Self-sufficient air conditioning cools with sunlight

Principle of the absorption refrigerating machine coupled with photovoltaic

Developers of Siemens Corporate Technology are building a system consisting of a light collection system that captures solar heat and a photovoltaic unit for the power supply. © Siemens
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The sun can not only heat, it also cools - if you use your energy to operate an air conditioner according to the principle of the absorption chiller. A prototype of such a system has now been developed by Siemens researchers in Bangalore, India. Electricity for the operation and heat for the separation of the salt solution used thereby provides the sun. The system is thus completely self-sufficient and climate-friendly at the same time.

In the hot regions of the world, such as in India, air conditioning systems contribute significantly to CO2 emissions: about 60 percent of the electricity in Indian office buildings is consumed by air conditioning systems during the day. But that could change in the future. Siemens researchers have developed a system that uses solar heat to absorb heat from buildings, thereby cooling the rooms. The big advantage here: the whole thing is operated with an extremely compact solar system that fits on most office roofs. At the beginning of 2012, a pilot plant is to be installed on the roof of the Siemens building in Bangalore.

Salt as a key element

The solution is based on the well-tried principle of the absorption chiller. Usually a saline solution is used. Water serves as a refrigerant. Solar heat heats the water-salt mixture and separates the water as vapor from the salt solution. Subsequently, the water is condensed and pumped into an evaporator, which generates the cold. In the evaporator, there is negative pressure, so that even the low outside temperatures are sufficient to evaporate the water. The environment is deprived of heat, the room cooled. Subsequently, the steam is again bound to the salt solution. As the system operates in the cycle, the environment is permanently cooled. The photovoltaic power is needed to pump the water and saline solution through the system.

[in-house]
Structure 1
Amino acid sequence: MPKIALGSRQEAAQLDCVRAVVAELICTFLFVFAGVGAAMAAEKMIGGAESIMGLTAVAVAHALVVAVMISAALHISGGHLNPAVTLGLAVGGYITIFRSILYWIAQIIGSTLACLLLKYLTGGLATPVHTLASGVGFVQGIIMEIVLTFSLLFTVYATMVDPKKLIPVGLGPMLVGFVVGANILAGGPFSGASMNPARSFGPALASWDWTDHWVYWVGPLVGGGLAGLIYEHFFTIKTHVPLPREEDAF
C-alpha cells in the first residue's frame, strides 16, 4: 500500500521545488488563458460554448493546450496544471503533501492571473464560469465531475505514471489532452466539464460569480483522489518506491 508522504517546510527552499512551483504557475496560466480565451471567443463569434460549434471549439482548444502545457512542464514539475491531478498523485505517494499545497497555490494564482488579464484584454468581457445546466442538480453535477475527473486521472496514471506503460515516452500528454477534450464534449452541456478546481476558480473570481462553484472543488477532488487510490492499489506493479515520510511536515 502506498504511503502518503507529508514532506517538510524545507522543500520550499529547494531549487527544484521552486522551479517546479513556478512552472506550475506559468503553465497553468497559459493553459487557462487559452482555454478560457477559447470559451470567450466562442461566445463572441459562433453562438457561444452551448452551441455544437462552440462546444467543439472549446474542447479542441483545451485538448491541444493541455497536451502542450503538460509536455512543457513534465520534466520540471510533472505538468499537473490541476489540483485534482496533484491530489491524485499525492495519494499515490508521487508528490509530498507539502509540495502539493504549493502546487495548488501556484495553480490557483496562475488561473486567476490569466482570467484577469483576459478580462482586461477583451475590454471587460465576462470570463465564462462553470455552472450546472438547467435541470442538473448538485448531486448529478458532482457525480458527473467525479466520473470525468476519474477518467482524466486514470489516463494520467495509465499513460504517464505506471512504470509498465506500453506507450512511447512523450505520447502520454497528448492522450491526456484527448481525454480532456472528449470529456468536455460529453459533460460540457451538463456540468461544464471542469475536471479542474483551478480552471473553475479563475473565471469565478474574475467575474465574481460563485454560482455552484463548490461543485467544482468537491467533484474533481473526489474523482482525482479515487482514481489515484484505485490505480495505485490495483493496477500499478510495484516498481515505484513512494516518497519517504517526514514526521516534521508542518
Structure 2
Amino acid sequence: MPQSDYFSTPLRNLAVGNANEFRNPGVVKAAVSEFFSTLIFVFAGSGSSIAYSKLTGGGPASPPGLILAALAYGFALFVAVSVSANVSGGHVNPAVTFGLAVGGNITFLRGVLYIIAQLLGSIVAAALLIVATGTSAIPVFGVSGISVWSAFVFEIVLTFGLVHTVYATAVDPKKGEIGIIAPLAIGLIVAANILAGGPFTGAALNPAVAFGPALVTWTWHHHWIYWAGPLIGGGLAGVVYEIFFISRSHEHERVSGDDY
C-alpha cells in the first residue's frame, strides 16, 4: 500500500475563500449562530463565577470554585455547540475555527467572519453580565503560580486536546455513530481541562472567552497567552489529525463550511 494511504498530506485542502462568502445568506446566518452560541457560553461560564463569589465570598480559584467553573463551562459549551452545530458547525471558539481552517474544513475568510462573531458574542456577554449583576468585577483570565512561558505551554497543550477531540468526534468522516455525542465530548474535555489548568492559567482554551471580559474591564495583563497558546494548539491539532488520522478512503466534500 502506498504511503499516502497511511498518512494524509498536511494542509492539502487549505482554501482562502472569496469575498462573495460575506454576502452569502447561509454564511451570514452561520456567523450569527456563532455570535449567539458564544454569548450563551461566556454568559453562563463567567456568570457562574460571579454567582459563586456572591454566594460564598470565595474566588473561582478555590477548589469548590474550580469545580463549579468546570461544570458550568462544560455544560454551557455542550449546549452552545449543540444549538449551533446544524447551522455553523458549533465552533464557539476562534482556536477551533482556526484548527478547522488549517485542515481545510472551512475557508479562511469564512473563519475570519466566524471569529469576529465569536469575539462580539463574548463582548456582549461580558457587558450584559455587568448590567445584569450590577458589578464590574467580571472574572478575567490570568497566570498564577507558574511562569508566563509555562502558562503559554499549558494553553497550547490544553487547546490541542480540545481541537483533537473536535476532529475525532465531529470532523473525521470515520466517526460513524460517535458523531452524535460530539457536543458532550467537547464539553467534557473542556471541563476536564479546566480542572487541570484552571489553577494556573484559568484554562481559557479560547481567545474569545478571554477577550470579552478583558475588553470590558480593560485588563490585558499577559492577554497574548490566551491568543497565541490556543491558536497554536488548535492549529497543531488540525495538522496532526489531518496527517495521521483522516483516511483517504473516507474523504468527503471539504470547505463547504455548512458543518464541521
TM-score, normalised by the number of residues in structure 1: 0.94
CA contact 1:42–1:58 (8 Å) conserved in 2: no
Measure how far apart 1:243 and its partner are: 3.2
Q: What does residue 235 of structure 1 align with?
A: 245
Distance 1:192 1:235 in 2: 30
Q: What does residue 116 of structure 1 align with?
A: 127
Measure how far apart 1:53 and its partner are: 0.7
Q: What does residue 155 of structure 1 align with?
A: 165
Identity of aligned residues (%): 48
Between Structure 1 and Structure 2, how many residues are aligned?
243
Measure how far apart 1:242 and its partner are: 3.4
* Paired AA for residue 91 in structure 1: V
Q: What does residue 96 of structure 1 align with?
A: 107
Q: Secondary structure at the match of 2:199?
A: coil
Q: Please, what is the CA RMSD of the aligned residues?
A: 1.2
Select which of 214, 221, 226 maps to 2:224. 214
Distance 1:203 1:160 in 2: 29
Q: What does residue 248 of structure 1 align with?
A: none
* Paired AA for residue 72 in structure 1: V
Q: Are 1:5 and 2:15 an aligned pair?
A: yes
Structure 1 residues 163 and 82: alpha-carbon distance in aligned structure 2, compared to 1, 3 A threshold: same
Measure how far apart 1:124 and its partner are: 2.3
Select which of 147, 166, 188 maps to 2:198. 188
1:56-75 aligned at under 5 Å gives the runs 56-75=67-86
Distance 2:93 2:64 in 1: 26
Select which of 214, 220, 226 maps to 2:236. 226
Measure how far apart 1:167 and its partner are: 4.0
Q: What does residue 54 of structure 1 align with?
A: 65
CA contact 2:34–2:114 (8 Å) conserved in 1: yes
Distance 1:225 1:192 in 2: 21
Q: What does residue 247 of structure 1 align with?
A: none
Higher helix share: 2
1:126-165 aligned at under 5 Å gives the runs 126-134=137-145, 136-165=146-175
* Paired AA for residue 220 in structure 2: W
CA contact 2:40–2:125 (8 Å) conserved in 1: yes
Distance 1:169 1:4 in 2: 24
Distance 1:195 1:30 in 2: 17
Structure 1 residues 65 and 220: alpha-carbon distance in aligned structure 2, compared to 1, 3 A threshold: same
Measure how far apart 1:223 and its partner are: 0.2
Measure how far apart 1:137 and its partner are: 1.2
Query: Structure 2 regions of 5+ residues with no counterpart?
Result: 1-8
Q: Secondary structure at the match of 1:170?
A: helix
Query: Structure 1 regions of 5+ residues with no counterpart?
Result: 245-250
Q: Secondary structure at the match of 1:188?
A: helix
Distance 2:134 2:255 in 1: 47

More compact photovoltaic system as a power source

Previous systems require an expensive and large photovoltaic system for this process, which can be found on the fewest office roofs. The Siemens researchers are now building a compact system and making better use of solar energy. The challenge is to get enough heat for the cooling process and power for the pump at the same time. One idea is to use a special liquid that extracts enough heat from the sunlight before it reaches the photovoltaic unit. For a compression refrigerator like in a refrigerator, the amount of electricity would be insufficient, but for the small pumps of the absorption refrigeration process.

The potential of this technology is huge: In India, the demand for office and commercial cooling by 2015 is estimated at around 31, 000 megawatts - the output of about 30 large coal-fired power plants

(Siemens, 10.06.2011 - NPO)